It’s that time again! Every three years, I lead a trip to France, sponsored by my university. The students will be there all semester, and in a week I’m leaving for the three-week-long leg of the trip I organize, in beautiful Alsace. During my part of the trip, we’ll be staying in a hostel in Strasbourg for a week, and then the students will stay with host families for another two weeks while I live in a small apartment. I will have evenings and weekends mostly free — and of course, there are two transatlantic flights. I say this not to make you jealous, but to ask: what should I read?
Last time I asked this question, my situation was fundamentally different. I didn’t have an e-reader and wasn’t sure I wanted one. Now, I have a Kindle (and it’s even a rather old one) stocked, should this become necessary, with a lifetime of out-of-copyright classics. As long as my desert island has a way to charge the device, I have an inexhaustible source of pleasure. But there’s more to life than the out-of-copyright (or so they tell me.) Here’s my current, tentative list. Tell me what you think, and tell me what you would read on such a trip!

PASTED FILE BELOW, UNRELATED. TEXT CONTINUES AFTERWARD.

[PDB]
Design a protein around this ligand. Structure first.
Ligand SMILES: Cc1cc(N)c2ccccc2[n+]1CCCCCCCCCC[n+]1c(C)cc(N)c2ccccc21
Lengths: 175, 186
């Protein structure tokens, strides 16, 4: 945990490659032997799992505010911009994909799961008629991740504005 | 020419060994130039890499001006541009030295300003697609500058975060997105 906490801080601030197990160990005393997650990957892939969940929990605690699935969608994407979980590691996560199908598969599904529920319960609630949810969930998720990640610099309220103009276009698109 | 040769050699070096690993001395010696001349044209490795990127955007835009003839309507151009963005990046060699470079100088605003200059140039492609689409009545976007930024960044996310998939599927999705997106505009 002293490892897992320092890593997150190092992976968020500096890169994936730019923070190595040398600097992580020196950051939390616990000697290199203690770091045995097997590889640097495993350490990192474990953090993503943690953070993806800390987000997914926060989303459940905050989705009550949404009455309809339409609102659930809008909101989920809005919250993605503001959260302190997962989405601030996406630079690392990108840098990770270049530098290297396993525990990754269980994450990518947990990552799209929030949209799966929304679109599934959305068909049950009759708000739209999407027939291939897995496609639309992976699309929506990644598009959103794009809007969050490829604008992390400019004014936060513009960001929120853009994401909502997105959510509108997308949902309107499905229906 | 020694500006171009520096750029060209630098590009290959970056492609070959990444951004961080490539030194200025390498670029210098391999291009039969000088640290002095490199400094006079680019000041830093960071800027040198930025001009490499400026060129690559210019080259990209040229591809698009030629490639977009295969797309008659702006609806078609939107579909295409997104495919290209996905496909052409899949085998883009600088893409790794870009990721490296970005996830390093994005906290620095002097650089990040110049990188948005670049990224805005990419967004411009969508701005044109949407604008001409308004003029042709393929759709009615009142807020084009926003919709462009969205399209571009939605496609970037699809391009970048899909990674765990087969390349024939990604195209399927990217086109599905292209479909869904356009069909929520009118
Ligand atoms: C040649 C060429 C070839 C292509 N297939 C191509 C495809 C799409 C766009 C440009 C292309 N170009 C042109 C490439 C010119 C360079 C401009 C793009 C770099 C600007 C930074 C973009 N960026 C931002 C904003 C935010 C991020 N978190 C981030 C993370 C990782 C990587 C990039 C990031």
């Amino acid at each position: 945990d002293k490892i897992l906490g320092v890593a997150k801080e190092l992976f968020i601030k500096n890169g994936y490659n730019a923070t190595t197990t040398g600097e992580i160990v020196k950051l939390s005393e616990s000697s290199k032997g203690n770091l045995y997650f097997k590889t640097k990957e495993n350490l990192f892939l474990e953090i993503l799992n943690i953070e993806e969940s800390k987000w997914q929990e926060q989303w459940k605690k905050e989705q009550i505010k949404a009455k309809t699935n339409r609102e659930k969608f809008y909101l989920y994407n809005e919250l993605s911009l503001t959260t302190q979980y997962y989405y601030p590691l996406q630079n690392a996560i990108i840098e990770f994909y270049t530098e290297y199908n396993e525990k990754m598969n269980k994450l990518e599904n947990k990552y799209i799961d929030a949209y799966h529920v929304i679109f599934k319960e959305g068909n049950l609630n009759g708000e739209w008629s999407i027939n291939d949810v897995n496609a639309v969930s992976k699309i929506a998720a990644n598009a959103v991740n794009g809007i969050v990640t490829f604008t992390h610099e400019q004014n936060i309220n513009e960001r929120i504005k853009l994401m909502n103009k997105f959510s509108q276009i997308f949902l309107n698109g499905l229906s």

two thick 19th-century novels, one entertaining, one perhaps a little more somber: The Mayor of Casterbridge and The Small House at Allington. (I have a backup if one of these fails me: Little Dorrit is my Plan B.)
two works of nonfiction: How to Live, Sarah Bakewell’s quirky life of Montaigne, and Poetry and the Age, poetry criticism by Randall Jarrell.
two thrillers, to be discarded in France or on the airplane unless I adore them: Trauma, by Patrick McGrath, and The Hidden, by Tobias Hill.
two books of literary fiction I’ve been wanting to read for some time: Novelties and Souvenirs, by John Crowley, and To the Lighthouse, by Virginia Woolf.
I’m considering adding something else, but I’m wavering. What’s your advice? How do you travel with, or without, books?